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Mechanical Ventilation and Survival in Patients With Advanced Dementia in Medicare Advantage

      Abstract

      Context

      Medicare Advantage (MA) cares for an increasing proportion of traditional Medicare (TM) patients although, the association of MA on low-value care among hospitalized patients is uncertain.

      Objectives

      We sought to determine whether invasive mechanical ventilation (IMV) use or mortality differs among hospitalized patients with advanced dementia (AD) enrolled in MA vs. TM and the influence of hospital MA concentration.

      Methods

      Retrospective cohort of hospitalized Medicare patients from 2016 to 2017 who were ≥66 years old with AD (n=147,153) and had a hospitalization with an assessment completed during a nursing home stay ≤120 days prior to that hospitalization indicating AD and severe cognitive/functional impairment. MA enrollment was ascertained at hospitalization; IMV use and 30- and 365-day mortality were determined via Medicare data. Multivariable logistic regression models clustered by hospital were used.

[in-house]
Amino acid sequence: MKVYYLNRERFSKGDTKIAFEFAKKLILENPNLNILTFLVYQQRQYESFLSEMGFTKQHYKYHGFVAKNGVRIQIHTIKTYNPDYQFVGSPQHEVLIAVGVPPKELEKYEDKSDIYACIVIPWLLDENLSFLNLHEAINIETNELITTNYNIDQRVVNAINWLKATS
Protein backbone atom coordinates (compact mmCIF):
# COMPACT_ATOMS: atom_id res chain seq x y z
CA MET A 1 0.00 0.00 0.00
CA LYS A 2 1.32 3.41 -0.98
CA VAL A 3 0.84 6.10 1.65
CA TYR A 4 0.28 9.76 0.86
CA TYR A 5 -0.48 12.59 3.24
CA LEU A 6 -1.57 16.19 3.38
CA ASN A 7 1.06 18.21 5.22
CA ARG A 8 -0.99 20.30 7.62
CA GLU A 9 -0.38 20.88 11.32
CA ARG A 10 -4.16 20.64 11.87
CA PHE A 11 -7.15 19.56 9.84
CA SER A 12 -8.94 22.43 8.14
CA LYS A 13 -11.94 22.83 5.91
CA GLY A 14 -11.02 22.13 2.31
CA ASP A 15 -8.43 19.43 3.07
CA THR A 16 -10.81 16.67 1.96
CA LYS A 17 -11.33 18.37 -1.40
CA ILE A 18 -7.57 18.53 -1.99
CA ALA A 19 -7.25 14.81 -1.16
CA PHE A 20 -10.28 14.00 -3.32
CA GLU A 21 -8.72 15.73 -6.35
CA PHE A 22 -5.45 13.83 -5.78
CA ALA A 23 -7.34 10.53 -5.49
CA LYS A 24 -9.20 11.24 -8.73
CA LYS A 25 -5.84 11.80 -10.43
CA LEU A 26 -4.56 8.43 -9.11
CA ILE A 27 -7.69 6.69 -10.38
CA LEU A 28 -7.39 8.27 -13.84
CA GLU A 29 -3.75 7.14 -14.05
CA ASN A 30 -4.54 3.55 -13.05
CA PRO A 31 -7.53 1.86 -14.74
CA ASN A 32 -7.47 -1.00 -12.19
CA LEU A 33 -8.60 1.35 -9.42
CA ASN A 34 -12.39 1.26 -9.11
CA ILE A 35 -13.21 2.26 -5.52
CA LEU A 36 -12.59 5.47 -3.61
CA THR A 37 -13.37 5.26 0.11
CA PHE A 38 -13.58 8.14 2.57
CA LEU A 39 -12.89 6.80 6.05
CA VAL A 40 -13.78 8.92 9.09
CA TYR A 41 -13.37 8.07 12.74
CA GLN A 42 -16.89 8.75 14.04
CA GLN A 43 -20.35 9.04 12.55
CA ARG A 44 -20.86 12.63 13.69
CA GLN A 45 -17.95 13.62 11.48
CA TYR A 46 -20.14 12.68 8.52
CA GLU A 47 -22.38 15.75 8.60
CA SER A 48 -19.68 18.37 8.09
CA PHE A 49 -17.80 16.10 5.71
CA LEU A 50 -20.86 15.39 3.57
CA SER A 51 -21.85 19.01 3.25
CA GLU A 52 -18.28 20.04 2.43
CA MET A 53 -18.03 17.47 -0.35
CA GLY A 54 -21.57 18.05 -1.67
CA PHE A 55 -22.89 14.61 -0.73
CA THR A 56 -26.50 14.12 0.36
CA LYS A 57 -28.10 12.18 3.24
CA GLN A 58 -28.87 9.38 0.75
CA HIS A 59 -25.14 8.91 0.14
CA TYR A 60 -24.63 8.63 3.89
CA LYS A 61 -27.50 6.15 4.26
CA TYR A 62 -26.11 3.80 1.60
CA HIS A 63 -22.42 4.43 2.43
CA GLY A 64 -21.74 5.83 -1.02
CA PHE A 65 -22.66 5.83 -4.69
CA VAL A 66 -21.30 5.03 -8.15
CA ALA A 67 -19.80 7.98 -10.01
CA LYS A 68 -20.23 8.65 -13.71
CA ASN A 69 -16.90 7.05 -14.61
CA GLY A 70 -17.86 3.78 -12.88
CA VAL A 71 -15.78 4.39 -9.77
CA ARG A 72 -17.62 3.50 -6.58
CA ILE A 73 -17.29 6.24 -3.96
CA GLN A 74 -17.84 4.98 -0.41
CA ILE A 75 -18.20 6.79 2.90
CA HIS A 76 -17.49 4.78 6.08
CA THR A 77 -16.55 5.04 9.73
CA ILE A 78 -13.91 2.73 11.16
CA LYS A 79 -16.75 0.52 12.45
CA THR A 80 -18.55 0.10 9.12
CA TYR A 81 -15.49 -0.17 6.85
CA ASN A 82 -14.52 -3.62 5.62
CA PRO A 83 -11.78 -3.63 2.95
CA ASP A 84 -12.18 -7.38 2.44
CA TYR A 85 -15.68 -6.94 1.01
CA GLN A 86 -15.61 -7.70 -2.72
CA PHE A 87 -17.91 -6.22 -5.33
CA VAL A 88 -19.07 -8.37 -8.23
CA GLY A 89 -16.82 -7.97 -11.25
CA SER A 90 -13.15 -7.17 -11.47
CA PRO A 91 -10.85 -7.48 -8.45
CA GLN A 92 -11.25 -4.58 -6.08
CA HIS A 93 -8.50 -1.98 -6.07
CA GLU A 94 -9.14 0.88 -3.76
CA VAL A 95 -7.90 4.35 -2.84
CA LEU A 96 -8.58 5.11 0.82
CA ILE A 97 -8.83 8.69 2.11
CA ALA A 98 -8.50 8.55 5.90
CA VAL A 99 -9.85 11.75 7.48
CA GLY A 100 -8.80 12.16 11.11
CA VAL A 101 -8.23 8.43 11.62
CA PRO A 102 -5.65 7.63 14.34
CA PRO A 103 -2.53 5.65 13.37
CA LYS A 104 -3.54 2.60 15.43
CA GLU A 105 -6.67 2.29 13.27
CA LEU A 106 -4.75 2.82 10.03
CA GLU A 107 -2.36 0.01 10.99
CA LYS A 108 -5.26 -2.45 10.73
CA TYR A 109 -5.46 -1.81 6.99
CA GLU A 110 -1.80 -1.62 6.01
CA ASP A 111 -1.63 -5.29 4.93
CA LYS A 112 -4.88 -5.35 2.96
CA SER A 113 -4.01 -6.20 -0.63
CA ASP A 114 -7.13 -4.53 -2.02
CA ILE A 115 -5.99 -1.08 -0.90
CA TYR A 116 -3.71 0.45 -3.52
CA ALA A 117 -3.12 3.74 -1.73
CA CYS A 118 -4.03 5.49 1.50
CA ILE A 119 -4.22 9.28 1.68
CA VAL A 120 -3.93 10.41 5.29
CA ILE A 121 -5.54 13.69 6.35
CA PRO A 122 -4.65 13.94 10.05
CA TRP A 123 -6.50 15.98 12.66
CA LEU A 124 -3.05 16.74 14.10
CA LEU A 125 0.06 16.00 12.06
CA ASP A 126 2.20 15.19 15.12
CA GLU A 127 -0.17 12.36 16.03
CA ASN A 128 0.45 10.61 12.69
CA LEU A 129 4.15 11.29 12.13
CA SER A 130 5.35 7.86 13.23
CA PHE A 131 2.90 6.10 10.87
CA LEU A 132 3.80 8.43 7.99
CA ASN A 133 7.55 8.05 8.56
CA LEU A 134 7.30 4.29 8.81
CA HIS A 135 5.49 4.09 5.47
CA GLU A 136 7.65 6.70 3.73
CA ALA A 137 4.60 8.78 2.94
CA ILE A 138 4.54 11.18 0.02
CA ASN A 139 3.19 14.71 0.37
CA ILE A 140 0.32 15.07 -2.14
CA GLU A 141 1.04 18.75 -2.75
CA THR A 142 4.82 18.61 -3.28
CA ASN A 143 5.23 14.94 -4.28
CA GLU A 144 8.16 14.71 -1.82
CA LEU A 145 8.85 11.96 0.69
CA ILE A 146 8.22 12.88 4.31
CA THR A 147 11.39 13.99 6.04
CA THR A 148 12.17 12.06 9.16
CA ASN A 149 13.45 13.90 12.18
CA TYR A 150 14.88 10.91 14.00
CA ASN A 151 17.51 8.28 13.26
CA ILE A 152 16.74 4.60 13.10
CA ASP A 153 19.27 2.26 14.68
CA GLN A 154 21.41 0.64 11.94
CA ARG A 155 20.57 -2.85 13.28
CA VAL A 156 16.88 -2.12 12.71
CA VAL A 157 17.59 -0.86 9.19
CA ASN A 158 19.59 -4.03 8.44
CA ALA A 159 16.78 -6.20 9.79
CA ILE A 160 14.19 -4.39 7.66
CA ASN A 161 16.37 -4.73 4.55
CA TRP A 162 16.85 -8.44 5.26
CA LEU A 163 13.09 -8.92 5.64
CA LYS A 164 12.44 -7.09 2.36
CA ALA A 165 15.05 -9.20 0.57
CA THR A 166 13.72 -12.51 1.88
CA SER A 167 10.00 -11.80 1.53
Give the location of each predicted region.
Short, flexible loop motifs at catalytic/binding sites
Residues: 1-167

Results

      Among hospitalized Medicare patients with AD, 27,253 (19%) were enrolled in MA, mean age was 84 (95% CI: 83.9–84.0) and 92,736 (63%) were female. Enrollment in MA was associated with increased IMV use (Adjusted Odds Ratio(AOR)=1.11, 95% CI: 1.04–1.18), 30- (Adjusted Hazard Ratio(AHR)=1.09, 95% CI: 1.05–1.12) and 365-day mortality (AHR=1.12, 95% CI: 1.08–1.16) compared to TM. Use of IMV was not different based on concentration of MA at the hospital level.

      Conclusion

      MA may reduce hospitalizations, however, once hospitalized, patients with AD enrolled in MA experience higher rates of IMV use and worse 30- and 365-day mortality compared to TM patients. Higher hospital concentration of MA did not reduce use of IMV. MA may not offer significant benefits in reducing low-value care among patients hospitalized with serious illness, questioning the benefits of this care model.

      Key Words

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